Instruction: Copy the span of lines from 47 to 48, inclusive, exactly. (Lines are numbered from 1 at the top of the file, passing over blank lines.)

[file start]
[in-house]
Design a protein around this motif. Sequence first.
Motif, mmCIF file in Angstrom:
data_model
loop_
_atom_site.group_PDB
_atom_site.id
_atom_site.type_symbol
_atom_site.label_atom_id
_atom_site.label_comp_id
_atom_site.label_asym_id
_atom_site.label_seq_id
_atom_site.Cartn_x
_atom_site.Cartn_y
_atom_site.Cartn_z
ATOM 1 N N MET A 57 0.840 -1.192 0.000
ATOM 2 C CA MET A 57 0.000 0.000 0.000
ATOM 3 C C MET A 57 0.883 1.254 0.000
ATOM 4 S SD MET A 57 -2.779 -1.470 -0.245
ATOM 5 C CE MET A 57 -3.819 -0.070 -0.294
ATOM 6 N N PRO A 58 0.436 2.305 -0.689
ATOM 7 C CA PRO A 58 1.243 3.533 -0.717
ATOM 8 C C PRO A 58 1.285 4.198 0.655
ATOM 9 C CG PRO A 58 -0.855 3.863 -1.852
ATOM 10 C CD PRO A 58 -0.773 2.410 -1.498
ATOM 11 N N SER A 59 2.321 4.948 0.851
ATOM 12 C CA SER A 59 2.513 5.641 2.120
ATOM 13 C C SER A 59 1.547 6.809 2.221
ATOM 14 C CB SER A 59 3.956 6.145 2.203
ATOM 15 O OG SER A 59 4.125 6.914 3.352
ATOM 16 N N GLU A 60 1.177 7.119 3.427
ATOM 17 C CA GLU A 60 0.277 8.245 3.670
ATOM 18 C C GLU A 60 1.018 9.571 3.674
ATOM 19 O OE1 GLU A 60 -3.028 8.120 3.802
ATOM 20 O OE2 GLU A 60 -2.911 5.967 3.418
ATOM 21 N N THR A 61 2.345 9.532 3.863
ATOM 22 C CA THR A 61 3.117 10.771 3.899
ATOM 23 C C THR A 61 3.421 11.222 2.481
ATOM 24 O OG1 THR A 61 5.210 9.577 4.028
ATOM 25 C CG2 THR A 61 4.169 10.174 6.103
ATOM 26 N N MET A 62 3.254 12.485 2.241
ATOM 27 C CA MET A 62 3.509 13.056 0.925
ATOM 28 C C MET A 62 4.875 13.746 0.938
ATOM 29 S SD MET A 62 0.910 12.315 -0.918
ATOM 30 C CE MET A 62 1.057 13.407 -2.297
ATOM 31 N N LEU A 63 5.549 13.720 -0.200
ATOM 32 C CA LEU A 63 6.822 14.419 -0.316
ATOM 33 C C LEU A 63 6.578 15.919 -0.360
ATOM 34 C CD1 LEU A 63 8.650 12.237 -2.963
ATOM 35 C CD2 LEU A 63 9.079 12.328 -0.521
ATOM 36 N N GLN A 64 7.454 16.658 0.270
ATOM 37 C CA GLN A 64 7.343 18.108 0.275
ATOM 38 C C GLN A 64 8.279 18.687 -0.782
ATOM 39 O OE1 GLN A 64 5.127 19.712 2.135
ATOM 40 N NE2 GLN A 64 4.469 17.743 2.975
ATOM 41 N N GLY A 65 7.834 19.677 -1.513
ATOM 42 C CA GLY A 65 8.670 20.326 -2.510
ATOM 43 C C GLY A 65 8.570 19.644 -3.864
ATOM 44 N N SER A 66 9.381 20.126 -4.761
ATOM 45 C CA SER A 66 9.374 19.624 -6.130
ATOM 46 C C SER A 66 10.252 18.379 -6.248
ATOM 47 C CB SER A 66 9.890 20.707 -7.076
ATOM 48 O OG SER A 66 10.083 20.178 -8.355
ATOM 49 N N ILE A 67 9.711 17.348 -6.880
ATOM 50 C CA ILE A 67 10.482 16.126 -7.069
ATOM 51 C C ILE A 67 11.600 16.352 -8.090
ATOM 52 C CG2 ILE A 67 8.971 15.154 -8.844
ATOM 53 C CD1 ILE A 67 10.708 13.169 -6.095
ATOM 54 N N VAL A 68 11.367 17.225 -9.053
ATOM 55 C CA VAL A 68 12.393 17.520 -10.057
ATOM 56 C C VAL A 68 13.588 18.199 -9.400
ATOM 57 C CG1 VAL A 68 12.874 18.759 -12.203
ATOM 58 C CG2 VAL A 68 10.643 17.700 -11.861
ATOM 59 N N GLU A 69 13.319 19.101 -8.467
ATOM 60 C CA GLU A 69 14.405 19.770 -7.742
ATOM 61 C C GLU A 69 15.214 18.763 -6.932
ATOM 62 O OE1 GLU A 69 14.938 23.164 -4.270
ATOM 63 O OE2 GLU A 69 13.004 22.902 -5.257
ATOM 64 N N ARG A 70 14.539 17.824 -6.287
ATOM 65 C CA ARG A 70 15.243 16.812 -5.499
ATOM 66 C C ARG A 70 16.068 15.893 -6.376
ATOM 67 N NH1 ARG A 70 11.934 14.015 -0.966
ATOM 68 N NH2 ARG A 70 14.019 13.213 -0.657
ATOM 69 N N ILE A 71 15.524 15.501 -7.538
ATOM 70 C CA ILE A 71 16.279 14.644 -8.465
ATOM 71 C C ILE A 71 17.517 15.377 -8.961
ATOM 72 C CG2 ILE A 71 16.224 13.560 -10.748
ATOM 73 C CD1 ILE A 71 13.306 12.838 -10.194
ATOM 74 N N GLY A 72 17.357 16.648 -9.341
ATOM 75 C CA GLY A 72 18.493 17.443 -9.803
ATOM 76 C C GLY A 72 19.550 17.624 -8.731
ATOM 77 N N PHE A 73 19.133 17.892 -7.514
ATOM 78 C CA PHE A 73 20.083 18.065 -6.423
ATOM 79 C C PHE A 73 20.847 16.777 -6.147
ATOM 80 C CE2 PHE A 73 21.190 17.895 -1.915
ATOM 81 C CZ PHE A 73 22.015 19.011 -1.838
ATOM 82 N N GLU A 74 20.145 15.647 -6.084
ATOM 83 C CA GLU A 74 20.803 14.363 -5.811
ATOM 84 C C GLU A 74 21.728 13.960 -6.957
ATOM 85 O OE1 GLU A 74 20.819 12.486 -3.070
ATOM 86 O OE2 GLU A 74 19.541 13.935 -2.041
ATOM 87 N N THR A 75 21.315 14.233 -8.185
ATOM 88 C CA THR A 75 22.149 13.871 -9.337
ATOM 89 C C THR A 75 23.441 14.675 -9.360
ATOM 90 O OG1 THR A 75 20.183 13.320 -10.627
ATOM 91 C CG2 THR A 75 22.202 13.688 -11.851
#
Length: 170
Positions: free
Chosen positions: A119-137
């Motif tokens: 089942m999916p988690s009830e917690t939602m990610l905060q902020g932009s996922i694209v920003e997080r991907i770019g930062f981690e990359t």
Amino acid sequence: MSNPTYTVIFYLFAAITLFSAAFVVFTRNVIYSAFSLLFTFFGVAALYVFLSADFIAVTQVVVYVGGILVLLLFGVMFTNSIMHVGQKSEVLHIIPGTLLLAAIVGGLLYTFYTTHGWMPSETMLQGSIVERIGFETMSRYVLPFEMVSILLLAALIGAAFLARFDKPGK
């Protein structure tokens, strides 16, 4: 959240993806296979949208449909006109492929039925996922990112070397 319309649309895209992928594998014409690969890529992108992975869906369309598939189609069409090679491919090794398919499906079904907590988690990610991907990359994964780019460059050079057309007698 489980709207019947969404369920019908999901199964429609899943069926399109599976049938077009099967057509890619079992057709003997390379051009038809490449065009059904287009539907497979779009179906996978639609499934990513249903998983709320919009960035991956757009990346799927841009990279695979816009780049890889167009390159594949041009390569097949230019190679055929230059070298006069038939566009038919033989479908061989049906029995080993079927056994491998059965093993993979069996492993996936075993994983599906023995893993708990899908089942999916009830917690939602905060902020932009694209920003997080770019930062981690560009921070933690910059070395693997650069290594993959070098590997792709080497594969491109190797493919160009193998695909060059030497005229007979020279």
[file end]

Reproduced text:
ATOM 32 C CA LEU A 63 6.822 14.419 -0.316
ATOM 33 C C LEU A 63 6.578 15.919 -0.360